'The Last Hairy'
by Stuart Sweeney
January 20, 2006 -- The Place, London
Resolution!, a key event in the annual UK dance calendar, provides a platform for the new generation of choreographers and performers. Over seven weeks in January and February more than 100 companies present their work, with three different productions each night. The Festival takes place in the Robin Howard Theatre at London’s The Place, the venue and dance school where UK contemporary dance took off in the 1960’s.
Although most of the artists involved in Resolution! are UK-based, ten continental European companies are selected for the Aerowaves segment of the Festival and this year the “The Last Hairy” from Estonia was one of those chosen from over 300 applicants. This work is the outcome of a close collaboration between directors Oksana Titova and Taavet Jansen, designer Jaanika Teresmaa, dramaturge Juhan Ulfsak, and the dancers Oksana Titova and Päär Pärenson. Exploring the themes of beauty, relationships and gender issues with quirky humour, “The Last Hairy” was one of the hits of the past year in Tallinn. The visual aspects are strong, with a repeated motif of Titova, emerging and retreating to a bath located towards the back of the stage. However, that bath came close to causing a disaster – with one week to go before the performance, the team learned that The Place had yet to find one for the performance. For a time it even looked as though the artists might have to arrange to transport their own bath, but at the last minute, a substitute was found in London, and, if it wasn’t as beautiful as the post-modern original, its traditional clawed feet certainly gave it character.
The unexpected plays an important part in “The Last Hairy”, as Titova’s exquisite gowns and her elegant, ballet-trained movement are subverted by her sudden baldness after the first of many blackouts, then a scene with shaving cream everywhere, and later by a metal arm. The obsessive nature of beauty worship is personified by Pärenson’s besuited suitor. In one scene he kisses Titova’s metal arm and then, after another blackout, he is still kissing her arm, but Titova has deserted it and is standing by a wall. Pärenson is a great mover and this work gives him the chance to show off his smooth spins and jumps in street shoes and his distinctive floor work. Whether bourréeing on demi-pointe, ballroom dancing, or scrambling across the floor after pieces of jewelry, Titova always holds our attention. Finally, in a scene reminding me of cosmetic surgery, Pärenson cuts open her skullcap and excavates her hair.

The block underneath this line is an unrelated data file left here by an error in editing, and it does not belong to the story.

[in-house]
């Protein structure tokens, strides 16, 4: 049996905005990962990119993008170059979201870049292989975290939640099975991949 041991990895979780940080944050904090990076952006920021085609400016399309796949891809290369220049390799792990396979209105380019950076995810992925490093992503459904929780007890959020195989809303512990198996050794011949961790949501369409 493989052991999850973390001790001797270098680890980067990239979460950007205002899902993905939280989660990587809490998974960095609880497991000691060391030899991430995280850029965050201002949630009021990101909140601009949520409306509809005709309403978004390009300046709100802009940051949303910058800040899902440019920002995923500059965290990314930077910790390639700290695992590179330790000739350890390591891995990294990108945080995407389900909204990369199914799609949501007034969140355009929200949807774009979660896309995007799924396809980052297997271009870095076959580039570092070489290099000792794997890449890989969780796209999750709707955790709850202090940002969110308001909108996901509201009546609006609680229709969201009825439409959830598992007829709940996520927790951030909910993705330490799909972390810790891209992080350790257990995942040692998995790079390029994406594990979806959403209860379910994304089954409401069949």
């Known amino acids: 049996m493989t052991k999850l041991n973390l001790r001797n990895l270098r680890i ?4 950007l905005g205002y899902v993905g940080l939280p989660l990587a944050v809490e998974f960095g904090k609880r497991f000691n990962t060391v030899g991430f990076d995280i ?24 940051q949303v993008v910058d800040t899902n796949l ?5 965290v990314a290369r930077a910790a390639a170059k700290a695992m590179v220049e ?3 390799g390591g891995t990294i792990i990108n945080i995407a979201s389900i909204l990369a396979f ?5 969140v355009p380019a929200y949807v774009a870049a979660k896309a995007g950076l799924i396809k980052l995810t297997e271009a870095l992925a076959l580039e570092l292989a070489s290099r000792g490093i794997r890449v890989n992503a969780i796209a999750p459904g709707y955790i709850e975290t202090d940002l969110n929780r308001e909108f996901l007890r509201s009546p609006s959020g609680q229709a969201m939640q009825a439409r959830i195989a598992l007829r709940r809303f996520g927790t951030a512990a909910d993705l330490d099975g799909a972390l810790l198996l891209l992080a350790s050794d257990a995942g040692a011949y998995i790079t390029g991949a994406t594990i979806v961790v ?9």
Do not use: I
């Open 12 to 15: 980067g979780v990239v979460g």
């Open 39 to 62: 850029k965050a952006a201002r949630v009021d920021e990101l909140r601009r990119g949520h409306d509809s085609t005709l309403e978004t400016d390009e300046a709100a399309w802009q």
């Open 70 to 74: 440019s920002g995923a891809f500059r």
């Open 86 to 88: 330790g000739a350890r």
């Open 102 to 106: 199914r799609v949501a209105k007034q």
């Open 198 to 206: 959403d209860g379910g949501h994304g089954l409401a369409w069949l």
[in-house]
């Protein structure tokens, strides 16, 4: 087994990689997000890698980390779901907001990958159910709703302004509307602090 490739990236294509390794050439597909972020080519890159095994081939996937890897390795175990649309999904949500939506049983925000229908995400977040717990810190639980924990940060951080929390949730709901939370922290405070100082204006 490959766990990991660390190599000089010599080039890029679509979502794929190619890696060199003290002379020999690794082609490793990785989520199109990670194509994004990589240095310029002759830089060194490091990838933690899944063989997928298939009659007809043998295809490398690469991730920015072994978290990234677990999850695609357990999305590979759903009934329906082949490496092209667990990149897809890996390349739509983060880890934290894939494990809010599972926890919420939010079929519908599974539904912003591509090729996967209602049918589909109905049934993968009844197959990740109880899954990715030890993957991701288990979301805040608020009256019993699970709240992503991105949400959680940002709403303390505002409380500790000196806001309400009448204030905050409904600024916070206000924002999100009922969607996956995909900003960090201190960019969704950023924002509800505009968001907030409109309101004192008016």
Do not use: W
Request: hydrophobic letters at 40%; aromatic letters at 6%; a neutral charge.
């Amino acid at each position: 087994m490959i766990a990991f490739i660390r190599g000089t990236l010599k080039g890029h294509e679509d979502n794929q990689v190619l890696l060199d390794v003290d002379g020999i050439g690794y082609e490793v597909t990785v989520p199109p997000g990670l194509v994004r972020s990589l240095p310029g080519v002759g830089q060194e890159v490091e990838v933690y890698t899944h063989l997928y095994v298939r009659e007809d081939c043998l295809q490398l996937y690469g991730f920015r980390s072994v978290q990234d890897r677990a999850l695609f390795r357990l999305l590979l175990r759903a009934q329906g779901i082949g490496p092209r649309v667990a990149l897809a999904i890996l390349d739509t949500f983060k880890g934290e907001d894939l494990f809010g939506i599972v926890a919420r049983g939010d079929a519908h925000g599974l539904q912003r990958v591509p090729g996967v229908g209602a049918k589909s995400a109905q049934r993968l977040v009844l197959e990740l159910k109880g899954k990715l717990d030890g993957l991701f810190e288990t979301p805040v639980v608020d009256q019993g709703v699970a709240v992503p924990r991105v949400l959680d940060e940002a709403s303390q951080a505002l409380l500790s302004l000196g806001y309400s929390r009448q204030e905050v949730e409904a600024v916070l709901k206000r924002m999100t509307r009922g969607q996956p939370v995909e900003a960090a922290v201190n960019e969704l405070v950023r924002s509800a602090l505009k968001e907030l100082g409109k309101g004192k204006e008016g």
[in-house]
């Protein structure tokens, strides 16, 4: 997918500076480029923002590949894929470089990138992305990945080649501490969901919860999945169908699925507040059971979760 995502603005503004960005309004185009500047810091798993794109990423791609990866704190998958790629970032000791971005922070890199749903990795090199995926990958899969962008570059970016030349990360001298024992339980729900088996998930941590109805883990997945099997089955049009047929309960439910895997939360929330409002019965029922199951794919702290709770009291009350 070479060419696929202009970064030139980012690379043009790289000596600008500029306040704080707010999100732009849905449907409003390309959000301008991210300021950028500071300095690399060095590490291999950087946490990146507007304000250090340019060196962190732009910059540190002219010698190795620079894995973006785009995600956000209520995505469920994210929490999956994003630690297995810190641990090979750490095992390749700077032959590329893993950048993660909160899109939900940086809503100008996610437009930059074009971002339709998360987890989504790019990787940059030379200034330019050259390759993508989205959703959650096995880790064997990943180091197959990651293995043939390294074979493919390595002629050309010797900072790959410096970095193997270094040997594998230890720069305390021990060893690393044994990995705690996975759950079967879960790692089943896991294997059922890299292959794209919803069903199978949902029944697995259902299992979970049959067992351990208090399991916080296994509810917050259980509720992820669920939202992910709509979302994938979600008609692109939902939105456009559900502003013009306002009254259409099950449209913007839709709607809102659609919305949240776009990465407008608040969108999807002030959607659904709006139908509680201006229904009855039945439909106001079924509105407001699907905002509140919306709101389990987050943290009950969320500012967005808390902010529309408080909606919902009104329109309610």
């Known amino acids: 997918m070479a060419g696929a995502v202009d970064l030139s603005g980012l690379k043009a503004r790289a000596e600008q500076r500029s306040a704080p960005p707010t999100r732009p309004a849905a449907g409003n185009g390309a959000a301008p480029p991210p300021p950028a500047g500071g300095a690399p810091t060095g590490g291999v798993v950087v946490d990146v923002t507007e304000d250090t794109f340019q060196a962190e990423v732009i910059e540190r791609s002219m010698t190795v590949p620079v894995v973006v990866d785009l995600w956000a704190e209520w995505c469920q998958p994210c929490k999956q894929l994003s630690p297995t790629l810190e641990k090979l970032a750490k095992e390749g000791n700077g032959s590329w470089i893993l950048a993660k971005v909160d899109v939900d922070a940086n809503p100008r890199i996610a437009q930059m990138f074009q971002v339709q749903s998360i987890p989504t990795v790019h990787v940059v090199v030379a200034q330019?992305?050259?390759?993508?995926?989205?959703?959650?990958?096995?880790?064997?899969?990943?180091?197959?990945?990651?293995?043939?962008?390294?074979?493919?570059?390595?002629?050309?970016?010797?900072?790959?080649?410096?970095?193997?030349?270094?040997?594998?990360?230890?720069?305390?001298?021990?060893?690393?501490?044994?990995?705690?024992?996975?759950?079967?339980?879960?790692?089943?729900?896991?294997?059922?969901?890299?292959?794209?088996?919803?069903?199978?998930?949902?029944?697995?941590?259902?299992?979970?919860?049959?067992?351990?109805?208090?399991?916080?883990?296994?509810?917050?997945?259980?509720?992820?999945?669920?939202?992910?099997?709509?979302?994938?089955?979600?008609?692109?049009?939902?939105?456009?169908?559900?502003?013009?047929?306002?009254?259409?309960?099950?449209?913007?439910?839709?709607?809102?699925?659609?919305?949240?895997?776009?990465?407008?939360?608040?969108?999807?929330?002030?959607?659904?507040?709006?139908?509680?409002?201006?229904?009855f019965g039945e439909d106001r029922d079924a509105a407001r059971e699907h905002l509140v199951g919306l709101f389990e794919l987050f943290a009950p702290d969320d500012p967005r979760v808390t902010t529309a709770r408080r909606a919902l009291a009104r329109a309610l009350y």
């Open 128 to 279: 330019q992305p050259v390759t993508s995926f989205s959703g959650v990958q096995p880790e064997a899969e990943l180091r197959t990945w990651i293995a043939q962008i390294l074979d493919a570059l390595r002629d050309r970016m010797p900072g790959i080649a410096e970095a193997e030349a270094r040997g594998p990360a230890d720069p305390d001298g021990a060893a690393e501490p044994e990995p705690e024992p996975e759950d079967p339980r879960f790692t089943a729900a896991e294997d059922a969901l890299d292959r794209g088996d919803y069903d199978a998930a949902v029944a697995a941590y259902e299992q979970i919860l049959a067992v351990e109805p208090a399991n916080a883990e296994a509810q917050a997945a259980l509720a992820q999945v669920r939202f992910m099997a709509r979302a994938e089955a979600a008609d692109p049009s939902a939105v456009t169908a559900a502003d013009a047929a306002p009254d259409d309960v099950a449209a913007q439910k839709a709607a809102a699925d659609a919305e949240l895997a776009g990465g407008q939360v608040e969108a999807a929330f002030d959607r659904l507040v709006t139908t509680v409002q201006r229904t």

Festival Director John Ashford told me: “In Aerowaves, I aim for a geographic mix and try to present work in styles that we don’t usually see in the UK. That’s why I wanted to have ‘The Last Hairy’ and I’m pleased with the outcome.” Leading dance critic Donald Hutera also enjoyed the work, and the audience reaction was generally very positive: “Visually stunning and the use of video was good,” “So crazy, but brilliant – I loved the interactions between the two performers: playful and teasing,” “Reminded me of a surrealist painting. At forty minutes, one of the longest works in Resolution!, but it didn’t feel too long.”
By coincidence, both the UK performances in the same programme used music by Arvo Pärt, giving the evening a strong Estonian flavour and earlier in the week, Resolution! presented another work by a choreographer from the Baltic country, Teet Kask, who has been studying at the London dance conservatoire, Laban, and thus qualified for Resolution! as a UK-based artist. Overall, these performances presented a strong calling card for Estonian culture at Resolution! and helped English audiences to appreciate the rapid development of dance in this Northern European state.
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